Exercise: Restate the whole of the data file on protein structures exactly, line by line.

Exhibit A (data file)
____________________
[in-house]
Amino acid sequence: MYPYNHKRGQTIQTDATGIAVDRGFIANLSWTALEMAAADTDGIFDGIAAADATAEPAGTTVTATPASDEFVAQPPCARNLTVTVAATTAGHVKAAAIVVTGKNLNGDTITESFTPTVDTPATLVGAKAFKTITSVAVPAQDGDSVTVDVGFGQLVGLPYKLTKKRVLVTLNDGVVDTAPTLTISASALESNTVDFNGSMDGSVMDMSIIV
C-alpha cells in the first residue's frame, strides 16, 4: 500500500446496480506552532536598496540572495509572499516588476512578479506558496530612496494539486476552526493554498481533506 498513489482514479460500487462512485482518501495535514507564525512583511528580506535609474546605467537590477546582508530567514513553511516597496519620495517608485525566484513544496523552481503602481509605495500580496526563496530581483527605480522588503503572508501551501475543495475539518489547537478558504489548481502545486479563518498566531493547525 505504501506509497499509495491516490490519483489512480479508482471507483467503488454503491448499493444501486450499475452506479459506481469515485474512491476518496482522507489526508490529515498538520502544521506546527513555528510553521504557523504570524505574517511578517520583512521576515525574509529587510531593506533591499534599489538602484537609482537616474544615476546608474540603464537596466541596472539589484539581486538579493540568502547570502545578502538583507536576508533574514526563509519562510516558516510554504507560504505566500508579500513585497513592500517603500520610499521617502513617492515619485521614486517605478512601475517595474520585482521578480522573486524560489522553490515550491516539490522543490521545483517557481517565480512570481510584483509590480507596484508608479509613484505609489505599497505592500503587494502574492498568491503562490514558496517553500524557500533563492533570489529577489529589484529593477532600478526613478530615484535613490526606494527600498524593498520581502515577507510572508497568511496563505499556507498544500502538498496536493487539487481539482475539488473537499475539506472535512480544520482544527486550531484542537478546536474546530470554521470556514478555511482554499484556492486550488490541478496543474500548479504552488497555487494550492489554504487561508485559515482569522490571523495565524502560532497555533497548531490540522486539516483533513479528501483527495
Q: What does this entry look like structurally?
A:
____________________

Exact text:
[in-house]
Amino acid sequence: MYPYNHKRGQTIQTDATGIAVDRGFIANLSWTALEMAAADTDGIFDGIAAADATAEPAGTTVTATPASDEFVAQPPCARNLTVTVAATTAGHVKAAAIVVTGKNLNGDTITESFTPTVDTPATLVGAKAFKTITSVAVPAQDGDSVTVDVGFGQLVGLPYKLTKKRVLVTLNDGVVDTAPTLTISASALESNTVDFNGSMDGSVMDMSIIV
C-alpha cells in the first residue's frame, strides 16, 4: 500500500446496480506552532536598496540572495509572499516588476512578479506558496530612496494539486476552526493554498481533506 498513489482514479460500487462512485482518501495535514507564525512583511528580506535609474546605467537590477546582508530567514513553511516597496519620495517608485525566484513544496523552481503602481509605495500580496526563496530581483527605480522588503503572508501551501475543495475539518489547537478558504489548481502545486479563518498566531493547525 505504501506509497499509495491516490490519483489512480479508482471507483467503488454503491448499493444501486450499475452506479459506481469515485474512491476518496482522507489526508490529515498538520502544521506546527513555528510553521504557523504570524505574517511578517520583512521576515525574509529587510531593506533591499534599489538602484537609482537616474544615476546608474540603464537596466541596472539589484539581486538579493540568502547570502545578502538583507536576508533574514526563509519562510516558516510554504507560504505566500508579500513585497513592500517603500520610499521617502513617492515619485521614486517605478512601475517595474520585482521578480522573486524560489522553490515550491516539490522543490521545483517557481517565480512570481510584483509590480507596484508608479509613484505609489505599497505592500503587494502574492498568491503562490514558496517553500524557500533563492533570489529577489529589484529593477532600478526613478530615484535613490526606494527600498524593498520581502515577507510572508497568511496563505499556507498544500502538498496536493487539487481539482475539488473537499475539506472535512480544520482544527486550531484542537478546536474546530470554521470556514478555511482554499484556492486550488490541478496543474500548479504552488497555487494550492489554504487561508485559515482569522490571523495565524502560532497555533497548531490540522486539516483533513479528501483527495
Q: What does this entry look like structurally?
A: